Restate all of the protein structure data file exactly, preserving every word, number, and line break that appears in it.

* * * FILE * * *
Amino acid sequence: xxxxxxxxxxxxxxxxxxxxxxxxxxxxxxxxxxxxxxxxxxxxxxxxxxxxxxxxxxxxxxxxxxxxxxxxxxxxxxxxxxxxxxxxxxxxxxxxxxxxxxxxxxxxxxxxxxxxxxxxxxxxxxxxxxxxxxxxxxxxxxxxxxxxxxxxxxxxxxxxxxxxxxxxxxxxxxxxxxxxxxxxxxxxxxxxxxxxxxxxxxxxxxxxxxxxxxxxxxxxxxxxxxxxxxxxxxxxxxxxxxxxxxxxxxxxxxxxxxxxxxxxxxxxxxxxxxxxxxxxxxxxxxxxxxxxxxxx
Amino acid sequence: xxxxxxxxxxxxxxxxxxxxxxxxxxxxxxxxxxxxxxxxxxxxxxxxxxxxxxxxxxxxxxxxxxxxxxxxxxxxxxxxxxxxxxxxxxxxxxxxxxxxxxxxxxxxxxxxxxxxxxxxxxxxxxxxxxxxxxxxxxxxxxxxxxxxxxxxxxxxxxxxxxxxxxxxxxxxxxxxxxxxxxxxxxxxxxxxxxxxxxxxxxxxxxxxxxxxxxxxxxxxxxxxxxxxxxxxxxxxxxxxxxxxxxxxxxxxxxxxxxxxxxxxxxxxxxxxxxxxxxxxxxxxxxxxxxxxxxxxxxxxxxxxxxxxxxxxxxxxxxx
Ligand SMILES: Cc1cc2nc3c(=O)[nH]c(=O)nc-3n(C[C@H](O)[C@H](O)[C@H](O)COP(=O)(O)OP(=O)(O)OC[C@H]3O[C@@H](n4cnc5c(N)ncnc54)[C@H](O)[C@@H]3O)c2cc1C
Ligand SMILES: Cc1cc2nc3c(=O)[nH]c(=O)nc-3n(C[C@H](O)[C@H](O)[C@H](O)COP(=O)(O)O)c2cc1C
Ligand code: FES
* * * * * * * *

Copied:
Amino acid sequence: xxxxxxxxxxxxxxxxxxxxxxxxxxxxxxxxxxxxxxxxxxxxxxxxxxxxxxxxxxxxxxxxxxxxxxxxxxxxxxxxxxxxxxxxxxxxxxxxxxxxxxxxxxxxxxxxxxxxxxxxxxxxxxxxxxxxxxxxxxxxxxxxxxxxxxxxxxxxxxxxxxxxxxxxxxxxxxxxxxxxxxxxxxxxxxxxxxxxxxxxxxxxxxxxxxxxxxxxxxxxxxxxxxxxxxxxxxxxxxxxxxxxxxxxxxxxxxxxxxxxxxxxxxxxxxxxxxxxxxxxxxxxxxxxxxxxxxxx
Amino acid sequence: xxxxxxxxxxxxxxxxxxxxxxxxxxxxxxxxxxxxxxxxxxxxxxxxxxxxxxxxxxxxxxxxxxxxxxxxxxxxxxxxxxxxxxxxxxxxxxxxxxxxxxxxxxxxxxxxxxxxxxxxxxxxxxxxxxxxxxxxxxxxxxxxxxxxxxxxxxxxxxxxxxxxxxxxxxxxxxxxxxxxxxxxxxxxxxxxxxxxxxxxxxxxxxxxxxxxxxxxxxxxxxxxxxxxxxxxxxxxxxxxxxxxxxxxxxxxxxxxxxxxxxxxxxxxxxxxxxxxxxxxxxxxxxxxxxxxxxxxxxxxxxxxxxxxxxxxxxxxxxx
Ligand SMILES: Cc1cc2nc3c(=O)[nH]c(=O)nc-3n(C[C@H](O)[C@H](O)[C@H](O)COP(=O)(O)OP(=O)(O)OC[C@H]3O[C@@H](n4cnc5c(N)ncnc54)[C@H](O)[C@@H]3O)c2cc1C
Ligand SMILES: Cc1cc2nc3c(=O)[nH]c(=O)nc-3n(C[C@H](O)[C@H](O)[C@H](O)COP(=O)(O)O)c2cc1C
Ligand code: FES